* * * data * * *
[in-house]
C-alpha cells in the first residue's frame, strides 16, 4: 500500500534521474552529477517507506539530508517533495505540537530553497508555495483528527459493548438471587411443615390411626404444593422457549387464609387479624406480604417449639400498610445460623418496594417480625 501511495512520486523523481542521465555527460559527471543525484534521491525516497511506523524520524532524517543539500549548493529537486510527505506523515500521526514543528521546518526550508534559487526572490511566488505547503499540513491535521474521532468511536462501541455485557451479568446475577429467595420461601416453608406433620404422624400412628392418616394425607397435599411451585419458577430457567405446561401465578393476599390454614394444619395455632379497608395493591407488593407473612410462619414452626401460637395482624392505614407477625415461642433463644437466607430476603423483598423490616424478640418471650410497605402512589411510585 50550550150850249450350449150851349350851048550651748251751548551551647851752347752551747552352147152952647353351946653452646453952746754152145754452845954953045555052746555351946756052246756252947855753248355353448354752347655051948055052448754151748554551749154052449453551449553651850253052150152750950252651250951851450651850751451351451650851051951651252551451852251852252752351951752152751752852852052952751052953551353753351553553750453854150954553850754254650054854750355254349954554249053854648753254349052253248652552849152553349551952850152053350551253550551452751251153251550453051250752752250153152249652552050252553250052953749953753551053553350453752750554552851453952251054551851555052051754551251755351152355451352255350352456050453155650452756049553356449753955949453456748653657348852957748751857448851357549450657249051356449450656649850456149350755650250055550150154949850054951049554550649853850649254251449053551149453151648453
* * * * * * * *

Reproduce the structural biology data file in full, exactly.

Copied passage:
[in-house]
C-alpha cells in the first residue's frame, strides 16, 4: 500500500534521474552529477517507506539530508517533495505540537530553497508555495483528527459493548438471587411443615390411626404444593422457549387464609387479624406480604417449639400498610445460623418496594417480625 501511495512520486523523481542521465555527460559527471543525484534521491525516497511506523524520524532524517543539500549548493529537486510527505506523515500521526514543528521546518526550508534559487526572490511566488505547503499540513491535521474521532468511536462501541455485557451479568446475577429467595420461601416453608406433620404422624400412628392418616394425607397435599411451585419458577430457567405446561401465578393476599390454614394444619395455632379497608395493591407488593407473612410462619414452626401460637395482624392505614407477625415461642433463644437466607430476603423483598423490616424478640418471650410497605402512589411510585 50550550150850249450350449150851349350851048550651748251751548551551647851752347752551747552352147152952647353351946653452646453952746754152145754452845954953045555052746555351946756052246756252947855753248355353448354752347655051948055052448754151748554551749154052449453551449553651850253052150152750950252651250951851450651850751451351451650851051951651252551451852251852252752351951752152751752852852052952751052953551353753351553553750453854150954553850754254650054854750355254349954554249053854648753254349052253248652552849152553349551952850152053350551253550551452751251153251550453051250752752250153152249652552050252553250052953749953753551053553350453752750554552851453952251054551851555052051754551251755351152355451352255350352456050453155650452756049553356449753955949453456748653657348852957748751857448851357549450657249051356449450656649850456149350755650250055550150154949850054951049554550649853850649254251449053551149453151648453